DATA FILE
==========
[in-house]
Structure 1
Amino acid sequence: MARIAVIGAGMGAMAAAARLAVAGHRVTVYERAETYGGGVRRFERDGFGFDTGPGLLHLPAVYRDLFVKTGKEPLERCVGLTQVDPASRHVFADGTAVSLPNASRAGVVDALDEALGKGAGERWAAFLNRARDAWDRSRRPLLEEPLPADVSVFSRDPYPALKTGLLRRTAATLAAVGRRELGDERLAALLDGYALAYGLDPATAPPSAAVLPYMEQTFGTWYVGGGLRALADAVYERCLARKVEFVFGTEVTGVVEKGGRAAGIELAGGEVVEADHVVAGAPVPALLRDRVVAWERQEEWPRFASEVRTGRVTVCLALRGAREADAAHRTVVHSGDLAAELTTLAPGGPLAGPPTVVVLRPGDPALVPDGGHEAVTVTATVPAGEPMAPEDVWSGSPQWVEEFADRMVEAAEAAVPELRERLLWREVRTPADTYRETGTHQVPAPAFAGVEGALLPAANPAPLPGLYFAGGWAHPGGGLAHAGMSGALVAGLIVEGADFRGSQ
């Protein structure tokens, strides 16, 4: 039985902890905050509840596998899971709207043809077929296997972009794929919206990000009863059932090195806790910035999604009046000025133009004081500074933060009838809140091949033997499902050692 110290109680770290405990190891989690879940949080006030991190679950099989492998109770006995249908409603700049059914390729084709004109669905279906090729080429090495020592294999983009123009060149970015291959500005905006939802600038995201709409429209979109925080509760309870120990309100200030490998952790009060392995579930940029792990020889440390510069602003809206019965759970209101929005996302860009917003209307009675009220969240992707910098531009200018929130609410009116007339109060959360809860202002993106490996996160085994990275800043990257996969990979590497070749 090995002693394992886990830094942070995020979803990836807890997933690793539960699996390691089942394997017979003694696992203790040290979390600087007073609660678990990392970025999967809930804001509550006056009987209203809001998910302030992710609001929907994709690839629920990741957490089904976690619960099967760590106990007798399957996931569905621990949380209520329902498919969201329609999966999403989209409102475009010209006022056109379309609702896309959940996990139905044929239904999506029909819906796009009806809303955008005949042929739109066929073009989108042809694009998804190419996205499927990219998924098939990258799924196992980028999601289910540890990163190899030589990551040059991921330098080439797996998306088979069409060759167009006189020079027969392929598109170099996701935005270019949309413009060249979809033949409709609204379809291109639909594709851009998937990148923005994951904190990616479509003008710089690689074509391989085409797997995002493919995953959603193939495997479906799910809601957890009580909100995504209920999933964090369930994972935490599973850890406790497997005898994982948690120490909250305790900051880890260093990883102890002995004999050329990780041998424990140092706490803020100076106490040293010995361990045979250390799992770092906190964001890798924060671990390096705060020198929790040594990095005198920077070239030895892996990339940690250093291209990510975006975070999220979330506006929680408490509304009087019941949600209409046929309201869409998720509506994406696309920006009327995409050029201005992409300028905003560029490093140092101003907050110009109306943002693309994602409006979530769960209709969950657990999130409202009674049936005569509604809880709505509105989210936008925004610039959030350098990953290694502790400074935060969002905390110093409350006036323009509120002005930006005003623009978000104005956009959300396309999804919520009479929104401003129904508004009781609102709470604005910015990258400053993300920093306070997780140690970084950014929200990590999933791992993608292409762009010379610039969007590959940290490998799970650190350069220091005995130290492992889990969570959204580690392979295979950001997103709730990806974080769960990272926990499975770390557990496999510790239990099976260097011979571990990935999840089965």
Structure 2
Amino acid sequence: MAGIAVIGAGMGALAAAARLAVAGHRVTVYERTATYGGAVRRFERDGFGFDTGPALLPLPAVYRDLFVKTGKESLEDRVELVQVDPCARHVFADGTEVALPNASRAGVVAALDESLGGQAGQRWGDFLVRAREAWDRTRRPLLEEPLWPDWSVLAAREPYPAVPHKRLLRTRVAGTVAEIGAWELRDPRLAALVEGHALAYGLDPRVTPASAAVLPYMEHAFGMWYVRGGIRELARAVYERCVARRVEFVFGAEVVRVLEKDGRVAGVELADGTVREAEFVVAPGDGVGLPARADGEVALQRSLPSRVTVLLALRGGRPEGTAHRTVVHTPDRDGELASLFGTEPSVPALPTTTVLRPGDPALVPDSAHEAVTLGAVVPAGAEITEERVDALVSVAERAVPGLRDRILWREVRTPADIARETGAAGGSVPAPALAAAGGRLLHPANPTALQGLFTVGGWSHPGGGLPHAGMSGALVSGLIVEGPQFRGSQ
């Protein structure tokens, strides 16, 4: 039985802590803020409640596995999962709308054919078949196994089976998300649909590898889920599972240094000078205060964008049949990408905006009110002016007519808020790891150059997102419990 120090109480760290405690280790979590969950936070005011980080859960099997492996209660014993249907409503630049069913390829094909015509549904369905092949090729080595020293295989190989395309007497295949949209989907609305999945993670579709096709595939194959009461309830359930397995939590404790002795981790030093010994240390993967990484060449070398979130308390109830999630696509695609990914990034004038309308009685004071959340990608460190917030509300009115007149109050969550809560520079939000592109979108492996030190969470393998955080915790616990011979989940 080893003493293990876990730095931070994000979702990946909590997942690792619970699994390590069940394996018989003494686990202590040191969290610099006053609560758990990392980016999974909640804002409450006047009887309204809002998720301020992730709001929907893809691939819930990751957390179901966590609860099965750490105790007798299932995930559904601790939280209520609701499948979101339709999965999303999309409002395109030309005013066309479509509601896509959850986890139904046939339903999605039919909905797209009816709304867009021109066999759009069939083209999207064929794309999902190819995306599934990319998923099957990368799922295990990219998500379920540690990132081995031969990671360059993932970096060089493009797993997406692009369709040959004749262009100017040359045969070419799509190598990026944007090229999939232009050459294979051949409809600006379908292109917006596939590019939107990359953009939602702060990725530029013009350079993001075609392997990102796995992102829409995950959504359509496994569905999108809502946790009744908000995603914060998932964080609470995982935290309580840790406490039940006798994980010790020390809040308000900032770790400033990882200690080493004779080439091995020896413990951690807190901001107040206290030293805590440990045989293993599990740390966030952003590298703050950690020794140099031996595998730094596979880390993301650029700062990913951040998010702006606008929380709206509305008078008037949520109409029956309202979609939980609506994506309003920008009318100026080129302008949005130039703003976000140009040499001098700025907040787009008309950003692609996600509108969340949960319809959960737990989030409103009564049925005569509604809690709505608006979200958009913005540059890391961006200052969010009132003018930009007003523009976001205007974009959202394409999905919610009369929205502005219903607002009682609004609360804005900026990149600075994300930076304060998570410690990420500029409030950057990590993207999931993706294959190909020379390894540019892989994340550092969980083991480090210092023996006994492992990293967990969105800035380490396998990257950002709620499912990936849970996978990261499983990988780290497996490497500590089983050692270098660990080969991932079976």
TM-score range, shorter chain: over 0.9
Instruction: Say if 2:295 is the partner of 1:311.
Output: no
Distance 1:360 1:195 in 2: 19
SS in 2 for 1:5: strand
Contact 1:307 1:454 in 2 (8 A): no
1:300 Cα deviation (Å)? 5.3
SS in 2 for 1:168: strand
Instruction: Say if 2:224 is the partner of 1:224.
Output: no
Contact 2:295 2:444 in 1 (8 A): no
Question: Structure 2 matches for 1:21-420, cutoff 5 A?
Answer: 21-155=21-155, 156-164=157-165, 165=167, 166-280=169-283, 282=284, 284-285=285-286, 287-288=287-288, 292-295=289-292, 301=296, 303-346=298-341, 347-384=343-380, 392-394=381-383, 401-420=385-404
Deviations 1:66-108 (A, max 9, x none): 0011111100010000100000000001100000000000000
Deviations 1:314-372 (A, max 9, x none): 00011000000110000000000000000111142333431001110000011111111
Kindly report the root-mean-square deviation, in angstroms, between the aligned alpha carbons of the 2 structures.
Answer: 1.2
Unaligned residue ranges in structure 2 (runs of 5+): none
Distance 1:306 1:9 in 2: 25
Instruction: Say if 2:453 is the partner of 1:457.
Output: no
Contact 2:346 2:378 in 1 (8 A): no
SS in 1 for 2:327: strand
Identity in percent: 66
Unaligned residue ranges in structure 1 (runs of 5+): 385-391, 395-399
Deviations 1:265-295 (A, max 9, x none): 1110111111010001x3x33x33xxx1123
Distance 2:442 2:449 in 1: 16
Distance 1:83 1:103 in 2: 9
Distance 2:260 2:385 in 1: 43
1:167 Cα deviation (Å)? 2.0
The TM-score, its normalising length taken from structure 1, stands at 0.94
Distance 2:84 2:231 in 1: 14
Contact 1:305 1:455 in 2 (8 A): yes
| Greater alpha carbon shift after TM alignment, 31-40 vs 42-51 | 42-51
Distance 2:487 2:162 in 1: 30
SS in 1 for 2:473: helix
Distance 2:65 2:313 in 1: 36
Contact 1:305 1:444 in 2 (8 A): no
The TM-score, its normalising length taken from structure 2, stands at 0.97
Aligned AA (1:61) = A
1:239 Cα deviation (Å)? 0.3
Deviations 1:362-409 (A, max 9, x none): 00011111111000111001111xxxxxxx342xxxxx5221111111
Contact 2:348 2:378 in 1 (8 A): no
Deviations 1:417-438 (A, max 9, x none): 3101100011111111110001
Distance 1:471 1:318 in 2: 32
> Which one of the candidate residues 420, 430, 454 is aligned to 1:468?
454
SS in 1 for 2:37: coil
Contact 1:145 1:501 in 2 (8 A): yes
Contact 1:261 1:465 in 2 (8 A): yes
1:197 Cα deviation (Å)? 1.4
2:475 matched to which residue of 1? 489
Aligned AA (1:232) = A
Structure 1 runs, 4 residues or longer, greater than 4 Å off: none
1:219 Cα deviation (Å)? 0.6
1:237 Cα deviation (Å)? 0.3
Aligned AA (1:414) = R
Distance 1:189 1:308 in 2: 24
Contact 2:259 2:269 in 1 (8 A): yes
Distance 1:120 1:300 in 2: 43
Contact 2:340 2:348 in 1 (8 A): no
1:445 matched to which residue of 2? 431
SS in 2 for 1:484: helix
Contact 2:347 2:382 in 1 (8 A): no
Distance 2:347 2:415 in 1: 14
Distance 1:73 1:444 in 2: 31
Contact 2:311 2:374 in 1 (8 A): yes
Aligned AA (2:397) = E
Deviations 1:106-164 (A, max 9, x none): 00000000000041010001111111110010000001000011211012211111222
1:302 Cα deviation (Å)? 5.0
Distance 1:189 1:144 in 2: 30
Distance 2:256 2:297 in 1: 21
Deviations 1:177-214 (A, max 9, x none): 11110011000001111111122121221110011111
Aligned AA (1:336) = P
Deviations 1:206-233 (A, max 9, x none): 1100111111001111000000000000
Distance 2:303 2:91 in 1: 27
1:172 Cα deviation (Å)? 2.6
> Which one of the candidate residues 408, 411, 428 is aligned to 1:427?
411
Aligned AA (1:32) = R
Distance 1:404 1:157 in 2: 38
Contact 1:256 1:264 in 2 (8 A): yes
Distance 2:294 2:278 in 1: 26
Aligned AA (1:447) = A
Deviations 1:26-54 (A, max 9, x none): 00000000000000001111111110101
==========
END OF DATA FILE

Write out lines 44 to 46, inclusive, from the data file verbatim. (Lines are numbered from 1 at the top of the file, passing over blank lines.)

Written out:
Distance 2:65 2:313 in 1: 36
Contact 1:305 1:444 in 2 (8 A): no
The TM-score, its normalising length taken from structure 2, stands at 0.97